Thursday, July 07, 2016
Microwave radiation (2.45 GHz)-induced oxidative stress: Whole-body exposure effect on histopathology of Wistar rats
Parul Chauhan, H. N. Verma, Rashmi Sisodia & Kavindra Kumar Kesari. Microwave radiation (2.45 GHz)-induced oxidative stress: Whole-body exposure effect on histopathology of Wistar rats. Electromagnetic Biology and Medicine. Published online Jun 30, 2016. DOI:10.3109/15368378.2016.
Man-made microwave and radiofrequency (RF) radiation technologies have been steadily increasing with the growing demand of electronic appliances such as microwave oven and cell phones. These appliances affect biological systems by increasing free radicals, thus leading to oxidative damage. The aim of this study was to explore the effect of 2.45 GHz microwave radiation on histology and the level of lipid peroxide (LPO) in Wistar rats. Sixty-day-old male Wistar rats with 180 ± 10 g body weight were used for this study. Animals were divided into two groups: sham exposed (control) and microwave exposed. These animals were exposed for 2 h a day for 35 d to 2.45 GHz microwave radiation (power density, 0.2 mW/cm2). The whole-body specific absorption rate (SAR) was estimated to be 0.14 W/kg. After completion of the exposure period, rats were sacrificed, and brain, liver, kidney, testis and spleen were stored/preserved for determination of LPO and histological parameters. Significantly high level of LPO was observed in the liver (p < 0.001), brain (p < 0.004) and spleen (p < 0.006) in samples from rats exposed to microwave radiation. Also histological changes were observed in the brain, liver, testis, kidney and spleen after whole-body microwave exposure, compared to the control group.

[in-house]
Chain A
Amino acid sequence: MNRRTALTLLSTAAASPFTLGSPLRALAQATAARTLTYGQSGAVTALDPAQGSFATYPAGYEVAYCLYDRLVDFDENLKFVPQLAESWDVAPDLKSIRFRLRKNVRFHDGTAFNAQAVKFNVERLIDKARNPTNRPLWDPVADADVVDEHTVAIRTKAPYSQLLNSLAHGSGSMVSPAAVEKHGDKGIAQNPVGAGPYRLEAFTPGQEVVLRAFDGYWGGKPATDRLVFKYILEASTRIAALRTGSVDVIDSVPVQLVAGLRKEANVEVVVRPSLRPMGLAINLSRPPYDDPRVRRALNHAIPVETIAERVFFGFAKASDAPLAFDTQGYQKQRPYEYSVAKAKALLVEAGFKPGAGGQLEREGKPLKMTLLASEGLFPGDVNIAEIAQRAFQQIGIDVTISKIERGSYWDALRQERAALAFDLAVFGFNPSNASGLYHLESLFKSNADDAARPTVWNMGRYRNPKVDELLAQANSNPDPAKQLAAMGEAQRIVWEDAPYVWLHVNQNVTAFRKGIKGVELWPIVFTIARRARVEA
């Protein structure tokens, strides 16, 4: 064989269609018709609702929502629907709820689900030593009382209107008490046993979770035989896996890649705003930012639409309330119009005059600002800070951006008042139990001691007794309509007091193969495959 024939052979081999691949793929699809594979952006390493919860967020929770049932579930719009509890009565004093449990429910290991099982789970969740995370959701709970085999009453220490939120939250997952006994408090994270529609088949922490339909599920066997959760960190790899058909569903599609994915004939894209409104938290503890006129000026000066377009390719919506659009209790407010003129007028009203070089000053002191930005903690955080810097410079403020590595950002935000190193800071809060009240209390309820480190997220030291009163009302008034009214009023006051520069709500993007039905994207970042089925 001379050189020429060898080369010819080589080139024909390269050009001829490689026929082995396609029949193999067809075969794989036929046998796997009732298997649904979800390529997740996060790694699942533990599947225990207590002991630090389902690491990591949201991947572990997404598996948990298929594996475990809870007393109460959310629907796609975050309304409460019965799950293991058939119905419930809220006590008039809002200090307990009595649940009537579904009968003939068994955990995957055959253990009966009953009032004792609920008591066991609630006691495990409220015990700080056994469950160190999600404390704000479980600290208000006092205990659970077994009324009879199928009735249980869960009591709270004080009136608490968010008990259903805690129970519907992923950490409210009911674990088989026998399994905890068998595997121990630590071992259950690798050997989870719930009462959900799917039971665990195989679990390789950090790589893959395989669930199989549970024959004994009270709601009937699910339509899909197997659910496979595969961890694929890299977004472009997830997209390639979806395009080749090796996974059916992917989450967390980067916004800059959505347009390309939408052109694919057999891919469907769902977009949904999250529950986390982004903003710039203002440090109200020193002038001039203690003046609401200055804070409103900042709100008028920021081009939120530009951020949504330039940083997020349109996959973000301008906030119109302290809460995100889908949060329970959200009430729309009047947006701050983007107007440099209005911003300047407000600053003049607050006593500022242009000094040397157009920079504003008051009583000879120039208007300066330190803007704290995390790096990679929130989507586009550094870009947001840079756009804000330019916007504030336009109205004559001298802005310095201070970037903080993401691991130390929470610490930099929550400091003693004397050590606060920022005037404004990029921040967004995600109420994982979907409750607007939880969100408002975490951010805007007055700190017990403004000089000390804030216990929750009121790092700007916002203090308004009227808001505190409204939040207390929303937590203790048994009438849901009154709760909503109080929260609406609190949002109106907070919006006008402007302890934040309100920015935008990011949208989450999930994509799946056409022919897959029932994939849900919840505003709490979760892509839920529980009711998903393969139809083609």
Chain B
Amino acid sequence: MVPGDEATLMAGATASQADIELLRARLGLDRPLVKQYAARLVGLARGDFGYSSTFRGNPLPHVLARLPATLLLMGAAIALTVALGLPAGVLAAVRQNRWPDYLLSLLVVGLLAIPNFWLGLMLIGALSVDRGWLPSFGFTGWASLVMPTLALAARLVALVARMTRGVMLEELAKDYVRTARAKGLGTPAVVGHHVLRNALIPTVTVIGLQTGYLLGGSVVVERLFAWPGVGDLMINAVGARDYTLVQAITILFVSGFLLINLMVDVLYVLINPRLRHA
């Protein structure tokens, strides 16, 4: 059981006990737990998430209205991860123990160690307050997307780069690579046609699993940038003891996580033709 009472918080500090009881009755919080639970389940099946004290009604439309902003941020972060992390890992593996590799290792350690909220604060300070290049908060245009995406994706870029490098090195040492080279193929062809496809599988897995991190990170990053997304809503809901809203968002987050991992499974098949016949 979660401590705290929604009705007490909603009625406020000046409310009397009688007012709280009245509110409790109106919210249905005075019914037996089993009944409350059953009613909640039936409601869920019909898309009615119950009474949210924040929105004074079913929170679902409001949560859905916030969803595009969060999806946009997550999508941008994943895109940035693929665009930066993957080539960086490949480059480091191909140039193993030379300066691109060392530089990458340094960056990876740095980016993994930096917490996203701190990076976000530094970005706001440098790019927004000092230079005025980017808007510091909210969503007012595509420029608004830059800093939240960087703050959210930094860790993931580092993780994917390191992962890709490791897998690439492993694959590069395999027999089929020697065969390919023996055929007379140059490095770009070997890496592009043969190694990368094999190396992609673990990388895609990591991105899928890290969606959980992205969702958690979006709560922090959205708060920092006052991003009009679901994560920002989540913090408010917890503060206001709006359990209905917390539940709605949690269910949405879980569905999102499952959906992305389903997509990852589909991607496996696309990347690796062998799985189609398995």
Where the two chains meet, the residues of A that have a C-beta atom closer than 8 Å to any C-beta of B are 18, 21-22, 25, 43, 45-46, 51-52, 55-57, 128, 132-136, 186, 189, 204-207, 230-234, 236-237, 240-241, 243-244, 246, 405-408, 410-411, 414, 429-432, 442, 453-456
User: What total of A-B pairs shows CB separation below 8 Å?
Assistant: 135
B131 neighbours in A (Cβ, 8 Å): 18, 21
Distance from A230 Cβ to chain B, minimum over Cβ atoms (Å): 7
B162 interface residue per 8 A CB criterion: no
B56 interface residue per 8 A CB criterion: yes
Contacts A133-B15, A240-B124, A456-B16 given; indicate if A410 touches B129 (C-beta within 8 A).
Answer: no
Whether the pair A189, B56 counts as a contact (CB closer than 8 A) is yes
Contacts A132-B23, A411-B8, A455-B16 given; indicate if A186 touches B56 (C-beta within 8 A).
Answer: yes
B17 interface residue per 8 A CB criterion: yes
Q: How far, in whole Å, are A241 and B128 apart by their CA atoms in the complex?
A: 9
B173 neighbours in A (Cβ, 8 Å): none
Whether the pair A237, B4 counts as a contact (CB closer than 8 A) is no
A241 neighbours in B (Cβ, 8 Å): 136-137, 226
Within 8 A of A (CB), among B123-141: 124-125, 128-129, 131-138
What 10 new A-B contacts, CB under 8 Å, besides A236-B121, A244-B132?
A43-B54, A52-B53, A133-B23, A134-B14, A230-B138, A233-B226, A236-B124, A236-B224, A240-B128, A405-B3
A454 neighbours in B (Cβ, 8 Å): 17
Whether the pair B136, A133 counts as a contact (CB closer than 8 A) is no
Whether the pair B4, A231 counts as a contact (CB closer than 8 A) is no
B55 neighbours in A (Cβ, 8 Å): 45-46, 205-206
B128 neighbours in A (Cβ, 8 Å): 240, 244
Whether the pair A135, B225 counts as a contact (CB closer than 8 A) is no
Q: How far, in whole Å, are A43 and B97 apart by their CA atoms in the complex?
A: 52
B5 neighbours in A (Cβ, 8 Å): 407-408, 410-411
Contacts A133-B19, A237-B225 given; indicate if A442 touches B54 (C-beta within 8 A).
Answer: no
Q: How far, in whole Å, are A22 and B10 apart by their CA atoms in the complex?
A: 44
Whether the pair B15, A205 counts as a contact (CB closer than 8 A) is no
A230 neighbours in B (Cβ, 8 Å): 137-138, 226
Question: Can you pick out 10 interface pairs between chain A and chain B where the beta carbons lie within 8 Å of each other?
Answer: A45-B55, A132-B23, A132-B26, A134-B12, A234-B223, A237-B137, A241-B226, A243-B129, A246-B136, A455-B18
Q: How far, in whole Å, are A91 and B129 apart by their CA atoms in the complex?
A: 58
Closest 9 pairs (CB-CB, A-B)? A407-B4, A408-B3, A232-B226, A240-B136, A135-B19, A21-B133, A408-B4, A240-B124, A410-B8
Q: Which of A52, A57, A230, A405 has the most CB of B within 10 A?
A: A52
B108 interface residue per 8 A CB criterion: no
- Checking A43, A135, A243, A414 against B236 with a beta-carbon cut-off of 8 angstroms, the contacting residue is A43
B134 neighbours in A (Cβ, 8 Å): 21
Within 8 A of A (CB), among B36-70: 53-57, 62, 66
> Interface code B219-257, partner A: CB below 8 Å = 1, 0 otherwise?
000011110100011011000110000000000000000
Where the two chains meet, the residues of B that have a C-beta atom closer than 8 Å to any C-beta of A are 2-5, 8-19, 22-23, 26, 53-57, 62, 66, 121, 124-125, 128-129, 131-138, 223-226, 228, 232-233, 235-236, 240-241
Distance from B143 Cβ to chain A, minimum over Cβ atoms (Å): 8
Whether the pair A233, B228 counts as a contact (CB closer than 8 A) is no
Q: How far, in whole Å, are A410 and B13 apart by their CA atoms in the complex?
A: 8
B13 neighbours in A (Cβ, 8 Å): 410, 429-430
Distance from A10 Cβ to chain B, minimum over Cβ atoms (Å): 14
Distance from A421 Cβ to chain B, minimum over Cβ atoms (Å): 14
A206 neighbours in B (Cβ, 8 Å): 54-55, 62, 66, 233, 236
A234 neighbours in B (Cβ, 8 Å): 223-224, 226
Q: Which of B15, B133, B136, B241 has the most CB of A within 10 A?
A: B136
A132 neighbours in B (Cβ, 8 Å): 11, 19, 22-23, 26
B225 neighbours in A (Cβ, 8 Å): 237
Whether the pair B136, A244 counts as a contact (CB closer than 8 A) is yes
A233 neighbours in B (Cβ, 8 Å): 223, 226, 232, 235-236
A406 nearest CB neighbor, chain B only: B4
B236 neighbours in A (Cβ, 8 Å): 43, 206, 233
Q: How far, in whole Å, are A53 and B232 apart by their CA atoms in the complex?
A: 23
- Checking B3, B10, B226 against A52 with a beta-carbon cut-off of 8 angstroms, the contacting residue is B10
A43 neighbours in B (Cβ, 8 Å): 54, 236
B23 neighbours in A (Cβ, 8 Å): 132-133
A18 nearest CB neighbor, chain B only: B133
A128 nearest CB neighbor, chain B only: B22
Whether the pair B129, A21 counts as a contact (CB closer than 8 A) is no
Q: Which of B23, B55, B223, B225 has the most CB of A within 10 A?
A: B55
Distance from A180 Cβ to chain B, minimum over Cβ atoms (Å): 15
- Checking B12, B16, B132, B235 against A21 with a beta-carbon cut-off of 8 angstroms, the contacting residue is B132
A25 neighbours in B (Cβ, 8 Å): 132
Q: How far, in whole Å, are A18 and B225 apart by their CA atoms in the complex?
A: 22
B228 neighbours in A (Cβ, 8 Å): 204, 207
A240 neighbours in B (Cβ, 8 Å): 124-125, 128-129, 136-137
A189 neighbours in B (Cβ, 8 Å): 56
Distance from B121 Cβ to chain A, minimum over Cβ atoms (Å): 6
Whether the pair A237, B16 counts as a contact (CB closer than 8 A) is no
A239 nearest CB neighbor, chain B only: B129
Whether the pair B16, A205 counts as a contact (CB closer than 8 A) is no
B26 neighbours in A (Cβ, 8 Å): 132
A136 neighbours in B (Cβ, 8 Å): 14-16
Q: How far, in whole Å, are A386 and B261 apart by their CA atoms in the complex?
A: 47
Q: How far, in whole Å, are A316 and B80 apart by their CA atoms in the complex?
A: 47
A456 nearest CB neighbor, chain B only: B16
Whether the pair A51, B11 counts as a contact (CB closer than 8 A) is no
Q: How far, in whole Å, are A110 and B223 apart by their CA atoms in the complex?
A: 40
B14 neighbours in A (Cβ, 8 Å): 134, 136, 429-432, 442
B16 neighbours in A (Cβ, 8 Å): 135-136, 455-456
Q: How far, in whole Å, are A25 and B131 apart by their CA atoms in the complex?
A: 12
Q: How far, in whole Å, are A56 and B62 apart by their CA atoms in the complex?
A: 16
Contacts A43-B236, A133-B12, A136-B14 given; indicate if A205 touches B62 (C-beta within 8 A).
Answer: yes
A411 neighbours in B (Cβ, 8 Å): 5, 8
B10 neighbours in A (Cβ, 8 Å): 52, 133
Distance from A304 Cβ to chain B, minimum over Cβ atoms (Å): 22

Based on the results obtained in this study, we conclude that exposure to microwave radiation 2 h a day for 35 d can potentially cause histopathology and oxidative changes in Wistar rats. These results indicate possible implications of such exposure on human health.